For ski racers, this would be a quiver ski to use when conditions don't favor a klister ski - changing conditions or funkadelic snow.

      For a huge percentage of skiers, though, this is going to be a very high performance everyday ski.  And after skiing on it, I think that's a reasonable plan for a lot of skiers.   The ski is fast and it gets good grip.    And not much fooling around with waxes.

      Comments and notes.   I'm a big guy and usually ski on waxable classic skis with a flex of 51-54 kg.    This pair of skis is marked at 60kg and still had pretty easy kick on everything except certifiable run-up hills, where the herringbone is still the path to the top.     I might have opted for a little softer camber, but since I was only offered this one pair, I went with it.      How much glide would I lose by going to a 54 kg flex?    Hmmm, probably not much as long as I ski efficiently.      (i.e. I get great results on a Nano IGC, so don't expect that the RedLine would be anything but better).

      When?

      A few pairs of the RedLine Intelligrip skis will be available yet this winter.    The first release will only be available with the Rottefella Move binding, I'm told, because they're introducing them as a "simultaneous product launch".     Later, the ski will be available without the Move binding.      If you are itching for a pair of these lightweight skin skis, email me and I can see if there's something appropriate for you available.





      Monday, December 25, 2017

      Merry Christmas from Nordic Ultratune!

      Merry Christmas!

      Wishing each of you a day of peace and joy with loved ones.

      AND some time on snow!

      Today I'll be out chasing some fresh snow on skis.    It's snowing here in the Methow Valley and 12 degrees (F).  

      The shop is closed today, but will be open Tuesday (and throughout the rest of the week).



      Methow Valley Ski Rodeo - Dec 27th

      Come to the Ski Rodeo!    It's the start of the Methow Valley race season!      It's a fun skate race for all ages and abilities.   The headline event is a mass start 10K race.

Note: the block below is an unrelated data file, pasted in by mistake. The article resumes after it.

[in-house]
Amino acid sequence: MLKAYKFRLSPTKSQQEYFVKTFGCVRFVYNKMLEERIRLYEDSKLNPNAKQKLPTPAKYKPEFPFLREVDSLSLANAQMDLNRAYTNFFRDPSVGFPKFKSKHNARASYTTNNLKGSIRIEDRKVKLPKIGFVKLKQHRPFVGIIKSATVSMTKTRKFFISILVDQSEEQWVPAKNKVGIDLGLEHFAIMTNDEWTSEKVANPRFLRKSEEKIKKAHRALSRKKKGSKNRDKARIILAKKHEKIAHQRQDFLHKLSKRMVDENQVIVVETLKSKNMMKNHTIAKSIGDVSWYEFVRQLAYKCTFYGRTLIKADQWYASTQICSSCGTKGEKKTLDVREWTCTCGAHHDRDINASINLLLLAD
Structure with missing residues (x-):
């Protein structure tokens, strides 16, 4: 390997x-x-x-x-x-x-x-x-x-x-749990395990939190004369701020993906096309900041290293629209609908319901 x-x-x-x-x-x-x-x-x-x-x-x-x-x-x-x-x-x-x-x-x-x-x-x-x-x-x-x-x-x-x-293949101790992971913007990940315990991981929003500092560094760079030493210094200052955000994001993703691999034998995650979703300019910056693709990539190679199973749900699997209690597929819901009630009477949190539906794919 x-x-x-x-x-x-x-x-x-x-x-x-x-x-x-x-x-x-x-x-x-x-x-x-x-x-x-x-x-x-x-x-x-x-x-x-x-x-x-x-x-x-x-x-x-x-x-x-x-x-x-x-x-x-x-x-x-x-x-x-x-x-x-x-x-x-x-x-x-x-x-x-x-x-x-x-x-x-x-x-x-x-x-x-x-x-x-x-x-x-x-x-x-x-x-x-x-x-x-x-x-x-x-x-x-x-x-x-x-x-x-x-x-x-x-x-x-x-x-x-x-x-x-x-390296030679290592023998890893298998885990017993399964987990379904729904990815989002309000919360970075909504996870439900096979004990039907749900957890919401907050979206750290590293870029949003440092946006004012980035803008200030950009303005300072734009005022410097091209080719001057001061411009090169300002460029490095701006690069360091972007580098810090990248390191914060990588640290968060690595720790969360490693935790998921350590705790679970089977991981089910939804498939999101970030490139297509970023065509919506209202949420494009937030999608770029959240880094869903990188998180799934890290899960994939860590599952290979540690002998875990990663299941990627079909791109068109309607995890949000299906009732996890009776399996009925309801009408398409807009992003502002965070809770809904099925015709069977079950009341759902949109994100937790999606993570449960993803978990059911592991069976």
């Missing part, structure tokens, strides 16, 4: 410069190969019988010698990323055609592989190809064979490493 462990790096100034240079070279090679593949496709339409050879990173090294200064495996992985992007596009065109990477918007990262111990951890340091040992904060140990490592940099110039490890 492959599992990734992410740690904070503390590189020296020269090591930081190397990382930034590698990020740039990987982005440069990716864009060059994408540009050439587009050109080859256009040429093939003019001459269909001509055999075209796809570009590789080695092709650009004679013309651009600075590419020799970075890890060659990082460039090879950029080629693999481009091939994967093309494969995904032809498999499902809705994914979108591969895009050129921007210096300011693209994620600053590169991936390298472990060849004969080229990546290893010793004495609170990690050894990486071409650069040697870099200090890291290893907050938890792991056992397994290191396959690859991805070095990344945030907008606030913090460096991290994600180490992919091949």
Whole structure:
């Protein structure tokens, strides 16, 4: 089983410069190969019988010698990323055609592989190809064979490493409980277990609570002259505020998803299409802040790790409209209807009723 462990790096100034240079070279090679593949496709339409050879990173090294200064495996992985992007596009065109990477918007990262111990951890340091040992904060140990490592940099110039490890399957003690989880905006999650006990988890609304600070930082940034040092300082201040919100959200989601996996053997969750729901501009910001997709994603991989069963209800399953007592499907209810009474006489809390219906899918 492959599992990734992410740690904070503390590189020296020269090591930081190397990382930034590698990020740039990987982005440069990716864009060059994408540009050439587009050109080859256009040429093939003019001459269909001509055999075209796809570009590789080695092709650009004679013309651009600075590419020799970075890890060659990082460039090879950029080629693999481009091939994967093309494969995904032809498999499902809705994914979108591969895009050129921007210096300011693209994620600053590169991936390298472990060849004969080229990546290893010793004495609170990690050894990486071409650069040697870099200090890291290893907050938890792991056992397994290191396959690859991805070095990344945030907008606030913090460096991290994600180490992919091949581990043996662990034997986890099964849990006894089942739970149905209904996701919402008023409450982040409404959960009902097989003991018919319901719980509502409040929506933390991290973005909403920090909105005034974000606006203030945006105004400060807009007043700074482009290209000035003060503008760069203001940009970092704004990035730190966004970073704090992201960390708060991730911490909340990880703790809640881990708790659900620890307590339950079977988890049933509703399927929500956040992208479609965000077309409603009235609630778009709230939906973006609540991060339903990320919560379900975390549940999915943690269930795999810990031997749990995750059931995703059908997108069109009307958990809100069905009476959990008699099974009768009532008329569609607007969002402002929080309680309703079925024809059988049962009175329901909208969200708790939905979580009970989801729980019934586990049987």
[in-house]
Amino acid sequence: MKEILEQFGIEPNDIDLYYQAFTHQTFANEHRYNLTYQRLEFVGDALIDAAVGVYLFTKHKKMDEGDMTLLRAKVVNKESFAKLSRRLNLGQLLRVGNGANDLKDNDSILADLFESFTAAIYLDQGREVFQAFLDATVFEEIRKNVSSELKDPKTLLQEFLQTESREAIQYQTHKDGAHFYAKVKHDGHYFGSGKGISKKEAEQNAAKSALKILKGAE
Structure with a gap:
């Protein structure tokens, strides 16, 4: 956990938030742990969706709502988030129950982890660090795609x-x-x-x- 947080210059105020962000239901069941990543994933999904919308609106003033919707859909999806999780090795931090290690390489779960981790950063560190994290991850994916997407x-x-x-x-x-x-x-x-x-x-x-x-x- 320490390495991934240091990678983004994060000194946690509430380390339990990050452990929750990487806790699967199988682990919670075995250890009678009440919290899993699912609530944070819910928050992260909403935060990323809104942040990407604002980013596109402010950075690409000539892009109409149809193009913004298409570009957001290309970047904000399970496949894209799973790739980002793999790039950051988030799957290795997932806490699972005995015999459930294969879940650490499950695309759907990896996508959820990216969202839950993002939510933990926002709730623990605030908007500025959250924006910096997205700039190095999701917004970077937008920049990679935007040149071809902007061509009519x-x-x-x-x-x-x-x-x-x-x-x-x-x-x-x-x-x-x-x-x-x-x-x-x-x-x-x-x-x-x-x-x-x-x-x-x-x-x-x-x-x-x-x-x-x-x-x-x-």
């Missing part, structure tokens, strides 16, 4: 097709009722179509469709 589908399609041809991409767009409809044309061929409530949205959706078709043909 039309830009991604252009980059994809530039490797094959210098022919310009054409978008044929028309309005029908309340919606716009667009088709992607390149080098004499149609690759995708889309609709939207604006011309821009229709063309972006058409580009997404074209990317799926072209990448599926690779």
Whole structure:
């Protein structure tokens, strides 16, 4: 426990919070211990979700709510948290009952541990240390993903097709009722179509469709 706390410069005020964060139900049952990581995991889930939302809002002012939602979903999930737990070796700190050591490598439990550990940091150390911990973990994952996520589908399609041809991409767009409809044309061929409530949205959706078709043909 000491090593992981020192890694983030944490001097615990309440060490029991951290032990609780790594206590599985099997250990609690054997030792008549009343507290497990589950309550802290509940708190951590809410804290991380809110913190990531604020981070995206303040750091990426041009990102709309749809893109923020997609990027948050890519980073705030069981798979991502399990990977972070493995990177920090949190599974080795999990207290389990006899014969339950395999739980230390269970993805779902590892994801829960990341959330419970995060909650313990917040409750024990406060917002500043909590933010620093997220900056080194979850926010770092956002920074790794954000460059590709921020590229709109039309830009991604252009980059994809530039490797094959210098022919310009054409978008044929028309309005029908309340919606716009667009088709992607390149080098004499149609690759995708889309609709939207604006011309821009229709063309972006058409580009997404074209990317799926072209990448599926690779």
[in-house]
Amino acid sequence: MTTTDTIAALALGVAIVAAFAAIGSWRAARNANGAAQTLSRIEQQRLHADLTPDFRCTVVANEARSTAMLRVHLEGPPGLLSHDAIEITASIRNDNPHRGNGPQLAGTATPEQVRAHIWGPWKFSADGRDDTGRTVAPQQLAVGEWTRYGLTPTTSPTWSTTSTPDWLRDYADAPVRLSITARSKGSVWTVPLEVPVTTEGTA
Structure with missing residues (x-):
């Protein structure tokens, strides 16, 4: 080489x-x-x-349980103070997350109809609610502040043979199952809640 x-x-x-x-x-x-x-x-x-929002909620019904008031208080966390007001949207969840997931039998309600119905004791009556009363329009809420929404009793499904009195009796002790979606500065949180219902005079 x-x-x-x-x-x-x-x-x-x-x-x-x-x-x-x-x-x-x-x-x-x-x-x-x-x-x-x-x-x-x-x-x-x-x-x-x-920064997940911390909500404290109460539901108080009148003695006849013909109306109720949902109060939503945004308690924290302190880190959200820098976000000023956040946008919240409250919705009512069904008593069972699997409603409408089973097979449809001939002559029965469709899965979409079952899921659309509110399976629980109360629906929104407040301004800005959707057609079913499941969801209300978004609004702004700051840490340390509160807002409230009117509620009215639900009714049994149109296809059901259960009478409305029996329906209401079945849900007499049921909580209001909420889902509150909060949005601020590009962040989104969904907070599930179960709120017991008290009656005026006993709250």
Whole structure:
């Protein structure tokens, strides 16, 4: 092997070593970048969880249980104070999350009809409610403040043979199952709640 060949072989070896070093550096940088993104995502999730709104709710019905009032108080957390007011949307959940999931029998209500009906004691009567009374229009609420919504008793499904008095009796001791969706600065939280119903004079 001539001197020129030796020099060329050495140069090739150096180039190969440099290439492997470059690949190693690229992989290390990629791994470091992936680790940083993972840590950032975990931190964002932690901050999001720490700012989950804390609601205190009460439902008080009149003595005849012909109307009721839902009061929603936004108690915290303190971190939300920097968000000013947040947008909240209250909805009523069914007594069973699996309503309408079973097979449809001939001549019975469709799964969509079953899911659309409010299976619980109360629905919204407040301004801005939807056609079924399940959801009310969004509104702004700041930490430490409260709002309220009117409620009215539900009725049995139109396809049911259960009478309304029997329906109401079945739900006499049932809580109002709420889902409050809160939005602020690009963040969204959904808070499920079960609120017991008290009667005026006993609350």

Where:    McCabe Trails at Liberty Bell High School in Winthrop WA.



      Tuesday, December 19, 2017

      Snowing hard in the Methow



      It's snowing hard in the Methow Valley today.  Six inches arrived overnight and another 7-13" are in the forecast.

      This should open all the remaining trails in the area!

      Wednesday, December 13, 2017

      Ski Testing and the Godzilla Ridge

      The past 2 weeks have had unusually stable weather for this time of year in the Methow Valley.

      It's the result of a high pressure ridge that's been stuck in the west, causing an inversion which leaves our area on the east slopes of the North Cascades stuck in a cold pool of air with a cloudy lid.    And no new snow.      The weather effect has been referred to as the "Godzilla Ridge" by Cliff Mass.

      The 'no new snow' part is a little bit of a bummer.    But the persistent weather pattern makes for great conditions for continued testing of new grinds.     Temperatures have been very stable every day, with daytime variation of only a few degrees.   No sunshine due to the cloud cover means that the snowpack has stayed uniform.    Skate skiing really has been excellent;  not quite as good for classic skiing.

      Skiing a bag of test skis day-on-day has been yielding reliable results and the stagnant weather system has been allowing for a good long period of testing.